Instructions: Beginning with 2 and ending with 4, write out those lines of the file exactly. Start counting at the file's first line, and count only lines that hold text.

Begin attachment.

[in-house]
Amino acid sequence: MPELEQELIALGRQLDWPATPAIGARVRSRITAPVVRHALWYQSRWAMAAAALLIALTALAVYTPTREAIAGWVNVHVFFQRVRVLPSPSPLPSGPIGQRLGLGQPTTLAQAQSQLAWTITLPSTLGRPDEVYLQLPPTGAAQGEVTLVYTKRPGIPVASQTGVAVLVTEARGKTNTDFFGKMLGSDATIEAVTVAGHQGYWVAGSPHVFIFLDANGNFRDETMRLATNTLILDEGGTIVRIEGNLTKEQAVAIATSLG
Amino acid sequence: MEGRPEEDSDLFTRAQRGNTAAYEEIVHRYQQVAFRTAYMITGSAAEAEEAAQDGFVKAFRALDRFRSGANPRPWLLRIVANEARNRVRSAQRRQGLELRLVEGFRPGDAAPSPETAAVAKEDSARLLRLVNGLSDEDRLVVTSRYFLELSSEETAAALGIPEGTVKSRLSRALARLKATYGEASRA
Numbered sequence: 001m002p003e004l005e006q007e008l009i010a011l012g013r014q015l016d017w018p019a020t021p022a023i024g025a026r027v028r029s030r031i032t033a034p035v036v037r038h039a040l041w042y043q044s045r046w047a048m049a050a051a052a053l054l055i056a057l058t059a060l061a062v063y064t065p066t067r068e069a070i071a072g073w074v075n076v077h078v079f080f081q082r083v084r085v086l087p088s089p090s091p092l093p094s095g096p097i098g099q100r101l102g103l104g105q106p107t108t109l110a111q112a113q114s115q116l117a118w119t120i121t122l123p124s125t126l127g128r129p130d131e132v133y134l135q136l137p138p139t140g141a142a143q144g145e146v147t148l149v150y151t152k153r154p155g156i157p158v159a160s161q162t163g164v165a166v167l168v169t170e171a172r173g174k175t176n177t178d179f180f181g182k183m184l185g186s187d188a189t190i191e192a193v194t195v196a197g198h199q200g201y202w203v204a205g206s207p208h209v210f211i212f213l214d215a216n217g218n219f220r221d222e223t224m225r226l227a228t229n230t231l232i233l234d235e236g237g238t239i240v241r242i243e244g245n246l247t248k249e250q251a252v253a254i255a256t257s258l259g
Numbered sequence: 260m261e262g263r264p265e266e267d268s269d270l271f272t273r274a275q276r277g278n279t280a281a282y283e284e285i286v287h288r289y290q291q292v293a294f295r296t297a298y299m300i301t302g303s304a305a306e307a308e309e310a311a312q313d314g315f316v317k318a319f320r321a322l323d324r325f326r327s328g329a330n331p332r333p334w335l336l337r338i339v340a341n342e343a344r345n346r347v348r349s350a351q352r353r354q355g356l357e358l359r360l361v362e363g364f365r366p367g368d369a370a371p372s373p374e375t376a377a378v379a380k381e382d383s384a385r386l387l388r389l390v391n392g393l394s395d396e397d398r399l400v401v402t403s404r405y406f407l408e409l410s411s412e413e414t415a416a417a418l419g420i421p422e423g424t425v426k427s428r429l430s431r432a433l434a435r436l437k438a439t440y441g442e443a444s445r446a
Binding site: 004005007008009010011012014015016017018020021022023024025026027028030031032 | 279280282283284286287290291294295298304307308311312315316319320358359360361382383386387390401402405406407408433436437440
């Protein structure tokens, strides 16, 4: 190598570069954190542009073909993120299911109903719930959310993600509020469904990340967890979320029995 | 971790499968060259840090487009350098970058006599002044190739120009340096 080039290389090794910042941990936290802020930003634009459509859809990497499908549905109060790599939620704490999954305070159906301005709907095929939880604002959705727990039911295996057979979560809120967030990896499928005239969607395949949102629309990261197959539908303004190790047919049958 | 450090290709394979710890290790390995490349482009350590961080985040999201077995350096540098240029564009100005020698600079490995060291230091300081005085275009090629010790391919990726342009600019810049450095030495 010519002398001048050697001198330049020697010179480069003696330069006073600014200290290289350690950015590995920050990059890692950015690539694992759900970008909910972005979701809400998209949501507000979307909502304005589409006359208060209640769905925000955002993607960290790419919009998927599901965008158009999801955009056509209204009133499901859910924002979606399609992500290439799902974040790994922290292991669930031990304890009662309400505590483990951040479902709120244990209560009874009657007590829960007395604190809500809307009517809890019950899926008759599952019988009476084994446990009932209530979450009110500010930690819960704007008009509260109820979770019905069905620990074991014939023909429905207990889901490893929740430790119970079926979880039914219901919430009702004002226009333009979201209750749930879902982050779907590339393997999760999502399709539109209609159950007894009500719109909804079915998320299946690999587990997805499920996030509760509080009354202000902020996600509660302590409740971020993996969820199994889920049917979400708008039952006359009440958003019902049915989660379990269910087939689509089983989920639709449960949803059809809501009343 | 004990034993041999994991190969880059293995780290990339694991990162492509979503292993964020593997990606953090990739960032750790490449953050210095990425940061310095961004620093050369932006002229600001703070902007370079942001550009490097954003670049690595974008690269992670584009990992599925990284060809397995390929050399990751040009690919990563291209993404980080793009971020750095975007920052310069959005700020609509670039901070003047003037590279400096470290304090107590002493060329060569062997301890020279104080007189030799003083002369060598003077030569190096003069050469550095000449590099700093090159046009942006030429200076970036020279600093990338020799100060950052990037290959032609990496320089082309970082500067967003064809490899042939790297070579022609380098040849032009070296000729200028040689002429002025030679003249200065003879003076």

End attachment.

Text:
Amino acid sequence: MPELEQELIALGRQLDWPATPAIGARVRSRITAPVVRHALWYQSRWAMAAAALLIALTALAVYTPTREAIAGWVNVHVFFQRVRVLPSPSPLPSGPIGQRLGLGQPTTLAQAQSQLAWTITLPSTLGRPDEVYLQLPPTGAAQGEVTLVYTKRPGIPVASQTGVAVLVTEARGKTNTDFFGKMLGSDATIEAVTVAGHQGYWVAGSPHVFIFLDANGNFRDETMRLATNTLILDEGGTIVRIEGNLTKEQAVAIATSLG
Amino acid sequence: MEGRPEEDSDLFTRAQRGNTAAYEEIVHRYQQVAFRTAYMITGSAAEAEEAAQDGFVKAFRALDRFRSGANPRPWLLRIVANEARNRVRSAQRRQGLELRLVEGFRPGDAAPSPETAAVAKEDSARLLRLVNGLSDEDRLVVTSRYFLELSSEETAAALGIPEGTVKSRLSRALARLKATYGEASRA
Numbered sequence: 001m002p003e004l005e006q007e008l009i010a011l012g013r014q015l016d017w018p019a020t021p022a023i024g025a026r027v028r029s030r031i032t033a034p035v036v037r038h039a040l041w042y043q044s045r046w047a048m049a050a051a052a053l054l055i056a057l058t059a060l061a062v063y064t065p066t067r068e069a070i071a072g073w074v075n076v077h078v079f080f081q082r083v084r085v086l087p088s089p090s091p092l093p094s095g096p097i098g099q100r101l102g103l104g105q106p107t108t109l110a111q112a113q114s115q116l117a118w119t120i121t122l123p124s125t126l127g128r129p130d131e132v133y134l135q136l137p138p139t140g141a142a143q144g145e146v147t148l149v150y151t152k153r154p155g156i157p158v159a160s161q162t163g164v165a166v167l168v169t170e171a172r173g174k175t176n177t178d179f180f181g182k183m184l185g186s187d188a189t190i191e192a193v194t195v196a197g198h199q200g201y202w203v204a205g206s207p208h209v210f211i212f213l214d215a216n217g218n219f220r221d222e223t224m225r226l227a228t229n230t231l232i233l234d235e236g237g238t239i240v241r242i243e244g245n246l247t248k249e250q251a252v253a254i255a256t257s258l259g